Drop Your Last-Click Crutch
Let's not talk about best practices for using attribution models to measure the effectiveness of your digital marketing campaigns. Type "attribution modeling" into your search bar and you'll have a windfall of insight and guidance on the subject from some of the best marketing brains in the world. And let's not spend our time here debating the merits of various attribution scoring techniques, since research tells us only about half the companies in Europe and North America do any sort of marketing attribution analysis in any case.
No, let's stick to basics and ask a frank question: If you can count your company among those using attribution models for your digital campaigns, are you still defaulting to traditional "last click" measurement?
It's OK to admit it, because it's understandable. Not long ago, we had little choice but to rely on the last click. We had the motive — demonstrate marketing's ability to drive revenue — but we didn't have the means. The data connecting each touchpoint along a customer's path to purchase wasn't available or reliable. Moreover, the tools for analyzing this type of information were neither sophisticated nor affordable. Spending most of your marketing budget to determine whether marketing was working just didn't add up.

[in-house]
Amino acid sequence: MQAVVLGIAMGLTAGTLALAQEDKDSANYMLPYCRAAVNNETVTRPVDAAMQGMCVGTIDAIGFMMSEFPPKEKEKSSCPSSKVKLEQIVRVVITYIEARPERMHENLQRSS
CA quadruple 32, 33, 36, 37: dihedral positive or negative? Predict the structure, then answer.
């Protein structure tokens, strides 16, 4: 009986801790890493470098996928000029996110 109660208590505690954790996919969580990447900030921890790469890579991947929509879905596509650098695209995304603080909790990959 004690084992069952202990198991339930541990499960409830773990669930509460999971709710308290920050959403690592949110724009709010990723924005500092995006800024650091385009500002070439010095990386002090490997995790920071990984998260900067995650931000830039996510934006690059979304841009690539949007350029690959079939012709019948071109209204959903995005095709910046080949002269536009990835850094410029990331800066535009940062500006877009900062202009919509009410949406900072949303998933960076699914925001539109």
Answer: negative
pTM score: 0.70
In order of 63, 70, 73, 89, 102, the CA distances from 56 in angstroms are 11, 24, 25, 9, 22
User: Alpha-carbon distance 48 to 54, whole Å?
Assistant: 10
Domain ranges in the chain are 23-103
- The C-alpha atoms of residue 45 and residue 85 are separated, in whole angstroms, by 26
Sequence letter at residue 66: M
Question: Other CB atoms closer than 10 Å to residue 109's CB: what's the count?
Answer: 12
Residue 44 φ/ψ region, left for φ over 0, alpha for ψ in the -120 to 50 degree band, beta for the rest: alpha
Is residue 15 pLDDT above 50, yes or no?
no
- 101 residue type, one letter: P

Plus, we rarely had the opportunity to analyze. Who had time in the past (or now) for hours of complex modeling? All modern business moves as fast as the latest microprocessors can carry it, which lays heavy pressure on marketers to produce results just as quickly. Digital marketing isn't just about driving revenue; it's about driving revenue ASAP.
So, if the last marketing tactic in a campaign produced a sale, we gave it 100 percent credit, even though a mix of campaigns and as many as five touchpoints preceded that sale. On some level, we also knew we were sacrificing the potential modeling would deliver. We knew we could beat our competitors if we could just see the whole picture. We knew we could produce more revenue if we could focus time and effort on the most successful campaigns. And we knew we could cut costs without sacrificing returns if we could determine the optimal balance of spending between branding and direct response.